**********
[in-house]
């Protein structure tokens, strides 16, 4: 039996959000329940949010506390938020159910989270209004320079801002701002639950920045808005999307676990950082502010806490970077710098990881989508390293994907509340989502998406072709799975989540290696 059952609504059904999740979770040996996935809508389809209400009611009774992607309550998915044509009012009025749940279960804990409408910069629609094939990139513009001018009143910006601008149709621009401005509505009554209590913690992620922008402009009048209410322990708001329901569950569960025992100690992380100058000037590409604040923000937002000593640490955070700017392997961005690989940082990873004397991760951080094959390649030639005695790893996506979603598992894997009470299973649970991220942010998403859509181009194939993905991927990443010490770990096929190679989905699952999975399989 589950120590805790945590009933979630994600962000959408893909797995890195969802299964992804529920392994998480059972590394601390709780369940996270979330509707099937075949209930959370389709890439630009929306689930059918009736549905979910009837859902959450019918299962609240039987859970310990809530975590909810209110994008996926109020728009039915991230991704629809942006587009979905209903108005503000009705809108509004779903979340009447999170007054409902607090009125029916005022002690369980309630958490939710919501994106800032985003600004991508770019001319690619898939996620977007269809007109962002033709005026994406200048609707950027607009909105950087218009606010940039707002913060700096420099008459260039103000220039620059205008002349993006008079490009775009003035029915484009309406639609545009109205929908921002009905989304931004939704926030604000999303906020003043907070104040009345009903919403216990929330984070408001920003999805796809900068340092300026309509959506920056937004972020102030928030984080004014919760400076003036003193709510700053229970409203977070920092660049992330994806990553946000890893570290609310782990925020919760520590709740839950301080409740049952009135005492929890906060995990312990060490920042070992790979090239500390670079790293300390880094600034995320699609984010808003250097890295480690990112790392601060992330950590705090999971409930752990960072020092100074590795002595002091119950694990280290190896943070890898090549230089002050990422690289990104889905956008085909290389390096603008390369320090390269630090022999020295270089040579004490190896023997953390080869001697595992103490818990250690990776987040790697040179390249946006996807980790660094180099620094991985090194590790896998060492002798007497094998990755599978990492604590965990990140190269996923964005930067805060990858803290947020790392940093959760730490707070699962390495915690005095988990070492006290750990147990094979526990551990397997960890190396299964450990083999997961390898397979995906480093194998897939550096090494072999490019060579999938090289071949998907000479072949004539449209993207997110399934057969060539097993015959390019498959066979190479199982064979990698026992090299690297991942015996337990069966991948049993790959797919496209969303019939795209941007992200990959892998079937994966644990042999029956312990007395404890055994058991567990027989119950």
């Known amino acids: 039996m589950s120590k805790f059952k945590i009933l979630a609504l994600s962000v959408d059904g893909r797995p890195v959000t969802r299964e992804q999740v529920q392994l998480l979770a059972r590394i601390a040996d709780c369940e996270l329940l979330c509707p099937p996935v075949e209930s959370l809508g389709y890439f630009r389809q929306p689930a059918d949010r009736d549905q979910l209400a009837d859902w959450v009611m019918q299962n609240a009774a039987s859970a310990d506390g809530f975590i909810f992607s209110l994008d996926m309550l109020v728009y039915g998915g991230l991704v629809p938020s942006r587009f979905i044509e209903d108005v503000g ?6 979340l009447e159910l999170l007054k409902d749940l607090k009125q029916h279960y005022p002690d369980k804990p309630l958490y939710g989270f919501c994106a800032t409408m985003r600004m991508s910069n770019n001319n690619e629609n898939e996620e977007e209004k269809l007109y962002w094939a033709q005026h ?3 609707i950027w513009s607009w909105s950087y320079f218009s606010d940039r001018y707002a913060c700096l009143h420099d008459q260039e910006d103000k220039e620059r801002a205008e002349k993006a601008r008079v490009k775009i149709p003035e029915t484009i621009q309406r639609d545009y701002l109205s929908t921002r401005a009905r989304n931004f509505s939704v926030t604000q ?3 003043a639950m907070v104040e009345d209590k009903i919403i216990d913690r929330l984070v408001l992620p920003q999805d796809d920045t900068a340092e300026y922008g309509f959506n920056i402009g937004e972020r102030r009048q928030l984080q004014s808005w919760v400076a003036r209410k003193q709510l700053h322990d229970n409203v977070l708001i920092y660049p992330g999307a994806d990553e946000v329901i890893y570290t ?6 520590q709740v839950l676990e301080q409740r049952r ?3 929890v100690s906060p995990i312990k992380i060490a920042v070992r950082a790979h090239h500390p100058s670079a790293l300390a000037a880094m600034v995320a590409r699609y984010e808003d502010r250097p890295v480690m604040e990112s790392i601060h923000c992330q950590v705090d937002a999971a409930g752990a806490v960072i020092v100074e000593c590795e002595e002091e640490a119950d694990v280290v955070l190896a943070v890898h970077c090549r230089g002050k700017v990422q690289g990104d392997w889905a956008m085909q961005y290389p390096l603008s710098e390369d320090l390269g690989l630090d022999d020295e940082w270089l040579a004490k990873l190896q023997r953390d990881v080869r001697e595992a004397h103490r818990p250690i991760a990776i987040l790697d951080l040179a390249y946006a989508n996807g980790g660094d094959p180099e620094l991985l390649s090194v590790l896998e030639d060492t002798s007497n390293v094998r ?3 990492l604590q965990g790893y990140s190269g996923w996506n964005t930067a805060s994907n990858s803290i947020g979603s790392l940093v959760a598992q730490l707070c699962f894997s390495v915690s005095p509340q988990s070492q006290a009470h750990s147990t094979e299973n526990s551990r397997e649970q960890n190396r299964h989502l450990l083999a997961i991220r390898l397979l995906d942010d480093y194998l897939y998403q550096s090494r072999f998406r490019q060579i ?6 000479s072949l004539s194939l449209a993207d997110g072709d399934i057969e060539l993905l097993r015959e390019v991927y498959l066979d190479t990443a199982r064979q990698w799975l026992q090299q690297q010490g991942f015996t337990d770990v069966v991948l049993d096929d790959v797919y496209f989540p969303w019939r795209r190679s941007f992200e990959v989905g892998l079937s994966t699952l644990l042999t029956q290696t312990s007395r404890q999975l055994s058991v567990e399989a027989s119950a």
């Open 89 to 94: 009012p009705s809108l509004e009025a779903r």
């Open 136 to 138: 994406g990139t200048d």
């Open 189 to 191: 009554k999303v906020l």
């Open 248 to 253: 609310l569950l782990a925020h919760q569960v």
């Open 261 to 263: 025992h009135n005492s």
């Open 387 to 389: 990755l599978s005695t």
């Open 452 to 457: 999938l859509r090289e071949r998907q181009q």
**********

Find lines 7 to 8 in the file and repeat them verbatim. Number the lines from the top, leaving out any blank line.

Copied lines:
């Open 248 to 253: 609310l569950l782990a925020h919760q569960v």
């Open 261 to 263: 025992h009135n005492s």